Blog Nation article lacking  APR 16 2002

I got "pitched" this morning. At least, that's what I think it's called...I'm not too up on PR speak these days. A woman from Business 2.0's PR company sent me an email pointing to this article on weblogs on her client's Web site in the hopes that I would link to it. Mission accomplished.

Now for the good part (or bad part, depending on your perspective). The article isn't that good. It starts out by talking about weblogs as the "blinking neurons of an emerging, chatterbox superbrain" and ends with a mention of the weblog collective (running the now-standard blog/Borg joke). Given that and the title of the piece (Blog Nation), you'd think that there would be an interesting story in the middle about the network of weblogs: why it's interesting, why it's annoying, what it's good for, what it's bad for, are people doing things with it that haven't been done before, is it significant, etc. etc.

Instead, Wolcott gives readers the impression that the only thing worth checking out in this blog nation are the "superstar" warbloggers talking about the "war" and politics. Contrary to what the article says implies, "warblogging" (two of my least favorite words, together at last!) is a recent invention and not representative of weblogs as a whole.

Near the end of the article, he even laments that what's missing are "blogs dedicated to cultural pursuits written with the same enthusiastic, hobbyhorse zeal as the breaking-news blogs". The funny thing is that if you break the habit of only reading the sites listed in Instapundit's sidebar, you'll find that there are *tons* of weblogs out there doing just that. Granted, many of them are about technology and Web design, but there are more and more on music and movies and television and theatre and cars and sewing and parenting and cooking and eating and and and! And the majority of weblogs aren't even focused at all...they just talk about whatever strikes their fancy. A more interesting point to make here is how weblogs on specific topics are hard to find unless the weblogs writer is already some sort of known journalist (i.e. the network is huge and therefore valuable, but it's largely useless without tools to get people to the information they are looking for).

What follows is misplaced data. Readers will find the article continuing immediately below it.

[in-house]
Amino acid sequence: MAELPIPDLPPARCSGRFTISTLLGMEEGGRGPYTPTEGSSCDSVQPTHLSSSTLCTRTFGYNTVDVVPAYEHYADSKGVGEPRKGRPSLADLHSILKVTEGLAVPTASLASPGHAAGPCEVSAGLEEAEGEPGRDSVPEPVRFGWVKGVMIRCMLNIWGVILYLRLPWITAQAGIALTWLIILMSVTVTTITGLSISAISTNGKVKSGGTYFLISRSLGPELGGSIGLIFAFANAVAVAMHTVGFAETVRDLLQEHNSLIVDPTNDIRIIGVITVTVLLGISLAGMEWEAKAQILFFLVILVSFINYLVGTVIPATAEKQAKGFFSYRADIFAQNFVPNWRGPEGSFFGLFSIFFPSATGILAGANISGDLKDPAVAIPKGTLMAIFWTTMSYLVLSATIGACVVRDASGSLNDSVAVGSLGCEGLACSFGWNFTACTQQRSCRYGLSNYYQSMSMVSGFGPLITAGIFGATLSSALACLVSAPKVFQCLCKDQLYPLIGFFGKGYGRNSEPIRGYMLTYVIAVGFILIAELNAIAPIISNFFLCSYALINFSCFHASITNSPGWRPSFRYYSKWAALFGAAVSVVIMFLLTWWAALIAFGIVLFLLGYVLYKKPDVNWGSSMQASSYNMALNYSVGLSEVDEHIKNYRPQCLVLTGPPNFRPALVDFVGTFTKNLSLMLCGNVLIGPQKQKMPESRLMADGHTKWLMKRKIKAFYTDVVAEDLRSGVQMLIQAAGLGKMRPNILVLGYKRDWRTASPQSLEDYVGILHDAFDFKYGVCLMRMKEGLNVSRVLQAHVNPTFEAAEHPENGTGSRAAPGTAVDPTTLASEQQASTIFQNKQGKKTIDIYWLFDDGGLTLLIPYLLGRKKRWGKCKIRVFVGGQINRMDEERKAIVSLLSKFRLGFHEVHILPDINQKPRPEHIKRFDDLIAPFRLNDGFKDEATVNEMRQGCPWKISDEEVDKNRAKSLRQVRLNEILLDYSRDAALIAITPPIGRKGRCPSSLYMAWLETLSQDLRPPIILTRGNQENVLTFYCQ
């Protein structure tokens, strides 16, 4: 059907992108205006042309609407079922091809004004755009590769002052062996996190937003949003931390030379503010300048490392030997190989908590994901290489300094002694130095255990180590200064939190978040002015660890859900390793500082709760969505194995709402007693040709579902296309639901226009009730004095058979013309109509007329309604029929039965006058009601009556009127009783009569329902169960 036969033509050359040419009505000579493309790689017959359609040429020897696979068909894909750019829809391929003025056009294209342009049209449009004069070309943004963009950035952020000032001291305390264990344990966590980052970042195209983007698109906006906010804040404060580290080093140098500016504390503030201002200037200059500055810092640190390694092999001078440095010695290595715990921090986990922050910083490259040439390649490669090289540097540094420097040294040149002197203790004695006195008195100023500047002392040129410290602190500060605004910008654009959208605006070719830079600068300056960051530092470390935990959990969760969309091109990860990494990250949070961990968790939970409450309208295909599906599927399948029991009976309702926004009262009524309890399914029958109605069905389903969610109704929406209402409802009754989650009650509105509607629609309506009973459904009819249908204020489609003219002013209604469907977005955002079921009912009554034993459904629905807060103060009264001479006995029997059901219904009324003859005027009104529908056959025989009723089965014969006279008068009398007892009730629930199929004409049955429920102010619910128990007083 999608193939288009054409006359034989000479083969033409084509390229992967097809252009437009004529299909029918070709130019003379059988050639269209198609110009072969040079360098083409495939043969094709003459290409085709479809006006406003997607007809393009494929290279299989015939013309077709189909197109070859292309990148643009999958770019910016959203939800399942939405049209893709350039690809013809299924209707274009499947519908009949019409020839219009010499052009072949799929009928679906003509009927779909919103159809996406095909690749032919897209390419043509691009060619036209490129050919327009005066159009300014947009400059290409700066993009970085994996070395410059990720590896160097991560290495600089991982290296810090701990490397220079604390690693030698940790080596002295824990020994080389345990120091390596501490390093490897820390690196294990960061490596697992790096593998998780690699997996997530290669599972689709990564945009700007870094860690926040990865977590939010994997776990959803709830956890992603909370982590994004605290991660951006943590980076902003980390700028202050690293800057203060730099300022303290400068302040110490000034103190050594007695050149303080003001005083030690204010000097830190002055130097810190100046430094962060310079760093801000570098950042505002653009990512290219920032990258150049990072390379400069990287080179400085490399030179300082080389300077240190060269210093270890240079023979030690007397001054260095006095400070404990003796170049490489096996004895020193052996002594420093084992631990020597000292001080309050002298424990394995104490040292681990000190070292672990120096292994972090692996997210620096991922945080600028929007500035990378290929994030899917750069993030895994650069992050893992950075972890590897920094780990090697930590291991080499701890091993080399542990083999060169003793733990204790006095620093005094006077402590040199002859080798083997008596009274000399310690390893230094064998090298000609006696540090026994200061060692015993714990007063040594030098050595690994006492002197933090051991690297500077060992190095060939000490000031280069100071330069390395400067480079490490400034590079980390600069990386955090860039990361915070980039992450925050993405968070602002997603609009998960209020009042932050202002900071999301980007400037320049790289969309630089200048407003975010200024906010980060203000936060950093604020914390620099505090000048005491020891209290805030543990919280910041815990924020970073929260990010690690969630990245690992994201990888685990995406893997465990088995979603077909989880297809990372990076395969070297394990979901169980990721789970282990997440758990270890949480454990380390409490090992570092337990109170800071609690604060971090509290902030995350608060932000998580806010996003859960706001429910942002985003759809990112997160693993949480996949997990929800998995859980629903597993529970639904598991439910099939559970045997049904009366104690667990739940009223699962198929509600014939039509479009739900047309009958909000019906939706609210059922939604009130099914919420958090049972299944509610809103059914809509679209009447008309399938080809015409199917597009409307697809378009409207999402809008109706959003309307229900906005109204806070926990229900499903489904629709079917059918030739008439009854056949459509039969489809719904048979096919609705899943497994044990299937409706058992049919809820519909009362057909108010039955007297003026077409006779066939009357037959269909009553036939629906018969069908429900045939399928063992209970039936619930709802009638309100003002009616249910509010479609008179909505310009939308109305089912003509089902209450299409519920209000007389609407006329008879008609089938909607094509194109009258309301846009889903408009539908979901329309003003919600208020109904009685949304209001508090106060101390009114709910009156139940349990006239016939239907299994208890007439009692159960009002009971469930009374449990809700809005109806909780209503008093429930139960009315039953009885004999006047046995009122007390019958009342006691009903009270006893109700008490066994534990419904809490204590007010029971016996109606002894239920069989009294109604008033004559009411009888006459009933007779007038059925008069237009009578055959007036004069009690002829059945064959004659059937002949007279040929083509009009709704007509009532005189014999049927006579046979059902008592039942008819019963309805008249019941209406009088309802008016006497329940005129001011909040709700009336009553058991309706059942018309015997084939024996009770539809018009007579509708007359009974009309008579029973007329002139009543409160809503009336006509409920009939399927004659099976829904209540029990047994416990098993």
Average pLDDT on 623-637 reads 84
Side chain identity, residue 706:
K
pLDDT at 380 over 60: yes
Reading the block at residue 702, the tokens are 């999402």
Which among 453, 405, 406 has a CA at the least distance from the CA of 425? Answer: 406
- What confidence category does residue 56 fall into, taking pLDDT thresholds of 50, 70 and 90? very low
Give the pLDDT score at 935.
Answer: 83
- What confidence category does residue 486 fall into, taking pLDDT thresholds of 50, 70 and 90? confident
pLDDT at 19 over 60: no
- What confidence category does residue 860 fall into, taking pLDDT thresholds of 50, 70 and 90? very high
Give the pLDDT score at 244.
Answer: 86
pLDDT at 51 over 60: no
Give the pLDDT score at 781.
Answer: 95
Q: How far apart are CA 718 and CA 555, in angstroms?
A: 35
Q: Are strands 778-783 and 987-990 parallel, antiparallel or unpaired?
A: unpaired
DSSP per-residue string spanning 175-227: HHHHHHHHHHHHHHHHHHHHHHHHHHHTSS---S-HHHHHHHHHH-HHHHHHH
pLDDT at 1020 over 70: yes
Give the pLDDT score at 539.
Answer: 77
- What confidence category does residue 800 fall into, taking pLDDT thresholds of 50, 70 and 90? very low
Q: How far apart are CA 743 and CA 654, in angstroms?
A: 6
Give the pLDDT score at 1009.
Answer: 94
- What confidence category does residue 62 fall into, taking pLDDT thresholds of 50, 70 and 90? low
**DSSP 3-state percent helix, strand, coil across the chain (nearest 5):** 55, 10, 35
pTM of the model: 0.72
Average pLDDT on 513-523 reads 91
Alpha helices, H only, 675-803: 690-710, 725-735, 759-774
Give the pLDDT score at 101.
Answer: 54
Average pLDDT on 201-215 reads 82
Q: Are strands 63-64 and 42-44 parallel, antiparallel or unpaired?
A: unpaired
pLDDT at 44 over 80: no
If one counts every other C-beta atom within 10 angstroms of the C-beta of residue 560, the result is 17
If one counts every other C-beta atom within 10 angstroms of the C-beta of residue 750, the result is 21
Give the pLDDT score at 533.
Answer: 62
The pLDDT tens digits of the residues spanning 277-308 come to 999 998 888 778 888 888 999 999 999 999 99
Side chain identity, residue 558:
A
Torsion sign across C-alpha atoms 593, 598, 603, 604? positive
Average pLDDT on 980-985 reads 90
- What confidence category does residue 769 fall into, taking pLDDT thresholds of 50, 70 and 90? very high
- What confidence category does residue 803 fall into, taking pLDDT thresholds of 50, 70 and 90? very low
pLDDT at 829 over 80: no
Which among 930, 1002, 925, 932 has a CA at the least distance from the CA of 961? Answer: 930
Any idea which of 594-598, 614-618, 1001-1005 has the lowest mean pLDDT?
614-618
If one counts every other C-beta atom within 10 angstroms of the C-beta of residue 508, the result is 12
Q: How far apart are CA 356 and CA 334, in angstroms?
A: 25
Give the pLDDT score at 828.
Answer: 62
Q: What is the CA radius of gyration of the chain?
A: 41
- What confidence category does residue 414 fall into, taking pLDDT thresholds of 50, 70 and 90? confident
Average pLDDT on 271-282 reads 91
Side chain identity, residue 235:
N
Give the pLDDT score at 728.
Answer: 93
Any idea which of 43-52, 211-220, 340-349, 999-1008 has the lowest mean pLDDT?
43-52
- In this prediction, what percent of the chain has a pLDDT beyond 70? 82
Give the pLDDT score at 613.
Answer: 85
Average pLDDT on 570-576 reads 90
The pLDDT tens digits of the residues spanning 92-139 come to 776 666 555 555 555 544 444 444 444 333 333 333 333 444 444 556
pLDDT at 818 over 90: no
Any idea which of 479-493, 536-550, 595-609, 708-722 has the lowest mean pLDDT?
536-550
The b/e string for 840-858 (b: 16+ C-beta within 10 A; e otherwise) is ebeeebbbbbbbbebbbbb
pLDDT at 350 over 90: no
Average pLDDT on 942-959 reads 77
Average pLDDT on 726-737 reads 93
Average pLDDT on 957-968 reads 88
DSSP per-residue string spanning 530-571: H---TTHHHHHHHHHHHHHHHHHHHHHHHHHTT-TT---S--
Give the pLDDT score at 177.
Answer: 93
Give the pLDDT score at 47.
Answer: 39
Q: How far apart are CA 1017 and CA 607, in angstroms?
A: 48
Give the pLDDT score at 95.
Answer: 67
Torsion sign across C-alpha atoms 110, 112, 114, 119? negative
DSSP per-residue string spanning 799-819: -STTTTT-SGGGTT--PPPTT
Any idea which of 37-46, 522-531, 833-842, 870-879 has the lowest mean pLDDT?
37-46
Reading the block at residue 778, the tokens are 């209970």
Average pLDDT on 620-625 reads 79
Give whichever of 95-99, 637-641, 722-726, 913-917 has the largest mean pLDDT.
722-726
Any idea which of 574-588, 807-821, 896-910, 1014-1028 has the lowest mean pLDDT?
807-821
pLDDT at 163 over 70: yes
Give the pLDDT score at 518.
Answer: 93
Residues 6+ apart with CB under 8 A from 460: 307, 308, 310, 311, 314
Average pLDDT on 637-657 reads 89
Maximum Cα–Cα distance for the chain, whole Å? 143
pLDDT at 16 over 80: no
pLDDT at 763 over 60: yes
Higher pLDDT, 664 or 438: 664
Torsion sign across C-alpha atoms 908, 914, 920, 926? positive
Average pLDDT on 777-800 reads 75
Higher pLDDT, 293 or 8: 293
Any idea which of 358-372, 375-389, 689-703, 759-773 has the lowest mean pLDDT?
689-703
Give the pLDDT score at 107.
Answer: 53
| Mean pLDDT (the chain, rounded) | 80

Anyway, I should come up with some sort of snappy summary here, but I've got 50 billion things to do...and unlike Mr. Wolcott, I don't have to write a thorough, accurate article because this is just a weblog. So nyah.

Nick writes in about the article discussed above, calling it fourth wave journalism. Heh.

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